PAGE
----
Pain catastrophizing a critical review

Phillip J. Quartana, Claudia M. Campbell, Robert R. Edwards

Research output: Contribution to journalReview articlepeer-review

601 Scopus citations


Pain catastrophizing is conceptualized as a negative cognitive-affective response to anticipated or actual pain and has been associated with a number of important pain-related outcomes. In the present review, we first focus our efforts on the conceptualization of pain catastrophizing, highlighting its conceptual history and potential problem areas. We then focus our discussion on a number of theoretical mechanisms of action: appraisal theory, attention bias/information processing, communal coping, CNS pain processing mechanisms, psychophysiological pathways and neural pathways. We then offer evidence to suggest that pain catastrophizing represents an important process factor in pain treatment. We conclude by offering what we believe represents an integrated heuristic model for use by researchers over the next 5 years; a model we believe will advance the field most expediently.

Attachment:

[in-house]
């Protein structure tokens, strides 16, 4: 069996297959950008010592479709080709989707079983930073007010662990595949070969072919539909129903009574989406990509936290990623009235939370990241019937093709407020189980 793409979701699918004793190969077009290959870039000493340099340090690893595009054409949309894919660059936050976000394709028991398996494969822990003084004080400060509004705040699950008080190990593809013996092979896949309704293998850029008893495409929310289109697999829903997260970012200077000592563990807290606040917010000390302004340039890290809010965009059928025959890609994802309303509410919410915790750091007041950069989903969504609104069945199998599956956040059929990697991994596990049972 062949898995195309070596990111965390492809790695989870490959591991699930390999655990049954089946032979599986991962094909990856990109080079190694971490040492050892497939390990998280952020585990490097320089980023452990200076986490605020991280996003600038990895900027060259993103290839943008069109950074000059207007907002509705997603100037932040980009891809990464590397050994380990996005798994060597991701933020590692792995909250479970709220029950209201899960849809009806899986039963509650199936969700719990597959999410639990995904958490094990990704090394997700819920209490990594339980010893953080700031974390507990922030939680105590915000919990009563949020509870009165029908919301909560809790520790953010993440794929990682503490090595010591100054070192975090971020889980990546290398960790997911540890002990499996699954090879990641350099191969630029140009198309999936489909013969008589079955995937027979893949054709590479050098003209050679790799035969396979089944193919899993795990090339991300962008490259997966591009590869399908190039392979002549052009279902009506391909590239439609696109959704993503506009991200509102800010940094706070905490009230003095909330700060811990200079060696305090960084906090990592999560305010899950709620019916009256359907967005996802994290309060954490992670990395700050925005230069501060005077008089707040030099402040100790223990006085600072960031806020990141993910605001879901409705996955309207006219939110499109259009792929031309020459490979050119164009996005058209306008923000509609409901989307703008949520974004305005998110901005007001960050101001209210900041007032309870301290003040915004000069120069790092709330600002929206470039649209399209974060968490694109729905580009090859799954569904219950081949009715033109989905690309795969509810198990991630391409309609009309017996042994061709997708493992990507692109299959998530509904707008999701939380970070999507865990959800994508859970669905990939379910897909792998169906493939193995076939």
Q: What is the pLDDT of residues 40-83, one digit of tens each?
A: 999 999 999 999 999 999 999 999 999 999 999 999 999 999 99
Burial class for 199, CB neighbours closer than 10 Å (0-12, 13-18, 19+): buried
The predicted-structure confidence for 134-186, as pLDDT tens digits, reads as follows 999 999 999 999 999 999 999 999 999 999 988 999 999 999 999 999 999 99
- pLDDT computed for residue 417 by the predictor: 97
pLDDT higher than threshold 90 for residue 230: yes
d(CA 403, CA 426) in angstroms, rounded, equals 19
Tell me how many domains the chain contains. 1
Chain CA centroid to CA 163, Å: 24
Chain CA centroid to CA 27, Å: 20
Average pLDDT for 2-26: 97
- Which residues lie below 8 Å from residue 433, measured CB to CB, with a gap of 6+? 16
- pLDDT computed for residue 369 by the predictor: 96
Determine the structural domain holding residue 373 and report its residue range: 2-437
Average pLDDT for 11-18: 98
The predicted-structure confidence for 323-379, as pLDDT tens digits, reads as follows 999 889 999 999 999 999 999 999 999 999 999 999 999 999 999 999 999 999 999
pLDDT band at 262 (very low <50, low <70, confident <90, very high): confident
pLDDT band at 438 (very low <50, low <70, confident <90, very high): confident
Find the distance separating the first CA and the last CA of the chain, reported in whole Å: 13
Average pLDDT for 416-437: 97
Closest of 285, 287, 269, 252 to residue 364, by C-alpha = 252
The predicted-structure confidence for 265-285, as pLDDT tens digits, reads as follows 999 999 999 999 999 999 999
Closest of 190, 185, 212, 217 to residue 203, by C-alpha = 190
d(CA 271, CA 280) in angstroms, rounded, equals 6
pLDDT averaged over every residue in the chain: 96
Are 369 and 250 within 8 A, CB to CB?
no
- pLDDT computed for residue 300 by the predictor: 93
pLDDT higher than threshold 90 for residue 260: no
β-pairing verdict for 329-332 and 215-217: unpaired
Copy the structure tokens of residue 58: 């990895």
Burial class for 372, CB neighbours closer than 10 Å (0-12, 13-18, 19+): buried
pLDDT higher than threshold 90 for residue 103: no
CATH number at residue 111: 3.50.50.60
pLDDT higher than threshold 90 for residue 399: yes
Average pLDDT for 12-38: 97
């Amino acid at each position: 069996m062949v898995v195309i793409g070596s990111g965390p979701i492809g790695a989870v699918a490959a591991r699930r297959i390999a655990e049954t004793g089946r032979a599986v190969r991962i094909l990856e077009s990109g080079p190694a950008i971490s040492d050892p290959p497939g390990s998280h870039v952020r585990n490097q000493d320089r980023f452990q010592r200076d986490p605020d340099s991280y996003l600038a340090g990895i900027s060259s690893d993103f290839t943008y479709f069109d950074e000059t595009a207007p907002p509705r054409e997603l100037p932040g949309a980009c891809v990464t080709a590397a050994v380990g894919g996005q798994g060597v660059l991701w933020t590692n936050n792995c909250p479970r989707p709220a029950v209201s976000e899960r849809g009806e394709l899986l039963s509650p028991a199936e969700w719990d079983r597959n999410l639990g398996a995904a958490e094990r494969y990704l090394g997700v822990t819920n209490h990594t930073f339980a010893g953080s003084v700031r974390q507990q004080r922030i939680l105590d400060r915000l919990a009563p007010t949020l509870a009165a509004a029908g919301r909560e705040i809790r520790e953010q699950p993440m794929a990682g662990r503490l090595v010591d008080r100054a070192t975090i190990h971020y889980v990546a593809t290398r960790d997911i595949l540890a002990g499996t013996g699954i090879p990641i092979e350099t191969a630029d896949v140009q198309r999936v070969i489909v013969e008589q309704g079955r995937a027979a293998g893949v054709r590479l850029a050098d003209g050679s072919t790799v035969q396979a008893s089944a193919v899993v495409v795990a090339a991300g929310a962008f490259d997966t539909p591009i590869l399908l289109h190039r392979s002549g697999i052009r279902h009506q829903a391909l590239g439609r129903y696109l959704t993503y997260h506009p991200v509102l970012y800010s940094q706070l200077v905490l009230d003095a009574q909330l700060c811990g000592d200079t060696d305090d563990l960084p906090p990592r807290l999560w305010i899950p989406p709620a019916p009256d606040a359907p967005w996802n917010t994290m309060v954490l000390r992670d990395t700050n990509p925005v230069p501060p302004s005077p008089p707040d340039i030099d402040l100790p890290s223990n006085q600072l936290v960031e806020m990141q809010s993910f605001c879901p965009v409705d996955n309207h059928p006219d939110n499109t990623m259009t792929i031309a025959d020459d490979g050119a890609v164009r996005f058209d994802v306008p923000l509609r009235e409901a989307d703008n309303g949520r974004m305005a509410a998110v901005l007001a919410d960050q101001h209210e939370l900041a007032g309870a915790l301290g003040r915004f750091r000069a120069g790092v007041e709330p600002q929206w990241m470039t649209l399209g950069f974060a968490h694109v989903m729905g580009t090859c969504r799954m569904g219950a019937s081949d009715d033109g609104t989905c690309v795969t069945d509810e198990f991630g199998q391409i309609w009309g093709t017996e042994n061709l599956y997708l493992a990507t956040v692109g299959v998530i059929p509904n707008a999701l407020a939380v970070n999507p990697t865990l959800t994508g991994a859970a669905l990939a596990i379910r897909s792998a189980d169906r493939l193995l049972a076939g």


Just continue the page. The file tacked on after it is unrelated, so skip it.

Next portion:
Original languageEnglish (US)
Pages (from-to)745-758
Number of pages14
JournalExpert review of neurotherapeutics
Issue number5
StatePublished - May 2009


  • Attention bias
  • Chronic pain
  • Communal coping
  • FMRI
  • Helplessness
  • Pain catastrophizing
  • Pain sensitivityPrimary/secondary appraisal
  • Pain-related surgery

ASJC Scopus subject areas

  • General Neuroscience
  • Clinical Neurology
  • Pharmacology (medical)


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